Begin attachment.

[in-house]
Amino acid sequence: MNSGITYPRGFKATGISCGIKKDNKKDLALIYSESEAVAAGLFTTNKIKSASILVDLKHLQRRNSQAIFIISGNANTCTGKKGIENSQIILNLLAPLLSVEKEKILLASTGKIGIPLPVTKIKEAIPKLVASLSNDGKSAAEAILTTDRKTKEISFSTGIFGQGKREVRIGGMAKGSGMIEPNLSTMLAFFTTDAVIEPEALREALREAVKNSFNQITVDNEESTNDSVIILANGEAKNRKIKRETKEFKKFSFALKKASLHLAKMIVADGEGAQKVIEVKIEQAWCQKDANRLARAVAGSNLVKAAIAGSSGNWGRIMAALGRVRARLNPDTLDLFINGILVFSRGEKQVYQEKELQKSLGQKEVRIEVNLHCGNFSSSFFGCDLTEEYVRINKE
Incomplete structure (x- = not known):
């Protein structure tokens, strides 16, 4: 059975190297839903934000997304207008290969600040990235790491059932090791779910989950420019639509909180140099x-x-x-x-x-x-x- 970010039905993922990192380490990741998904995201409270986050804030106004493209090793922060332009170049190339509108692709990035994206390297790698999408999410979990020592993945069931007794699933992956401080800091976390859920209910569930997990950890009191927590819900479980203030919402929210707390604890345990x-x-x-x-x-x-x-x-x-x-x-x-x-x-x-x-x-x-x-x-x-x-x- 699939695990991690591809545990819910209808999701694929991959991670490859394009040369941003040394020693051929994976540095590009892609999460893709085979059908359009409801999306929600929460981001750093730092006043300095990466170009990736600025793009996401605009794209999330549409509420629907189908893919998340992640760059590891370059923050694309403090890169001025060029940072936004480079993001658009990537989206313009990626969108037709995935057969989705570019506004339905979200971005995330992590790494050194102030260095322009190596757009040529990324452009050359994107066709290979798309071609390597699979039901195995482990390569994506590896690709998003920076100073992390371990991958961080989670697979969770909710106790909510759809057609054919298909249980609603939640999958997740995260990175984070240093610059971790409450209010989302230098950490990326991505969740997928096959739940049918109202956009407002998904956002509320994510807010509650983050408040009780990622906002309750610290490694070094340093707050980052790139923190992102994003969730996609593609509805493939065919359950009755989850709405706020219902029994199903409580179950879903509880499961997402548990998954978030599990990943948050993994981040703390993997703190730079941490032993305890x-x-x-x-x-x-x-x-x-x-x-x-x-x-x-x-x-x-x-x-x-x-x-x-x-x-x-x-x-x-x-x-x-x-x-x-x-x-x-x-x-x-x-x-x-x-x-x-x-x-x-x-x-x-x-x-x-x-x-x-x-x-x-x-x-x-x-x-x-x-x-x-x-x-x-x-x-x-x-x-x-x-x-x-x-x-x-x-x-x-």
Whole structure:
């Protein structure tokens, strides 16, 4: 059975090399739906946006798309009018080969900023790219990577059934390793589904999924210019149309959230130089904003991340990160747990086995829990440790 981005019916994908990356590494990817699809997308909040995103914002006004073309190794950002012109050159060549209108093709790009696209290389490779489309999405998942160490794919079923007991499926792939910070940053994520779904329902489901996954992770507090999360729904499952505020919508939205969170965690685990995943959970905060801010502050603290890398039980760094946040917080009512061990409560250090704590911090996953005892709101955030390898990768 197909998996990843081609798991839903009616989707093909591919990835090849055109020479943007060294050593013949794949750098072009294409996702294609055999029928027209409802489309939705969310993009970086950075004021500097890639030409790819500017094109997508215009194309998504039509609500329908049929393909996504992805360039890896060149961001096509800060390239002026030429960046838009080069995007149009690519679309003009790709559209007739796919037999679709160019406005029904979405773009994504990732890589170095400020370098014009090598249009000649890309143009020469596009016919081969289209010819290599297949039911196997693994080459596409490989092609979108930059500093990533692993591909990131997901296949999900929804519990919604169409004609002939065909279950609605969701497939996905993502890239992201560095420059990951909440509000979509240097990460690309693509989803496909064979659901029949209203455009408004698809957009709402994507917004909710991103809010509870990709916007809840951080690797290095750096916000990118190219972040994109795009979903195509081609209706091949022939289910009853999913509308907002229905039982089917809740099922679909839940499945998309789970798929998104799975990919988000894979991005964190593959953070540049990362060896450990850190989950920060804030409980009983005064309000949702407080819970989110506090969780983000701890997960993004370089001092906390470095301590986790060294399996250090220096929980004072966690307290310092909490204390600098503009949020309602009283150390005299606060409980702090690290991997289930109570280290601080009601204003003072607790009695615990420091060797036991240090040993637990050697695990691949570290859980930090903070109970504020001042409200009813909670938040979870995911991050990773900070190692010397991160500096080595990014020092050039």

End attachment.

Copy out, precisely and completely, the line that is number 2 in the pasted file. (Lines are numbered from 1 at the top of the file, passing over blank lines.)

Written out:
Amino acid sequence: MNSGITYPRGFKATGISCGIKKDNKKDLALIYSESEAVAAGLFTTNKIKSASILVDLKHLQRRNSQAIFIISGNANTCTGKKGIENSQIILNLLAPLLSVEKEKILLASTGKIGIPLPVTKIKEAIPKLVASLSNDGKSAAEAILTTDRKTKEISFSTGIFGQGKREVRIGGMAKGSGMIEPNLSTMLAFFTTDAVIEPEALREALREAVKNSFNQITVDNEESTNDSVIILANGEAKNRKIKRETKEFKKFSFALKKASLHLAKMIVADGEGAQKVIEVKIEQAWCQKDANRLARAVAGSNLVKAAIAGSSGNWGRIMAALGRVRARLNPDTLDLFINGILVFSRGEKQVYQEKELQKSLGQKEVRIEVNLHCGNFSSSFFGCDLTEEYVRINKE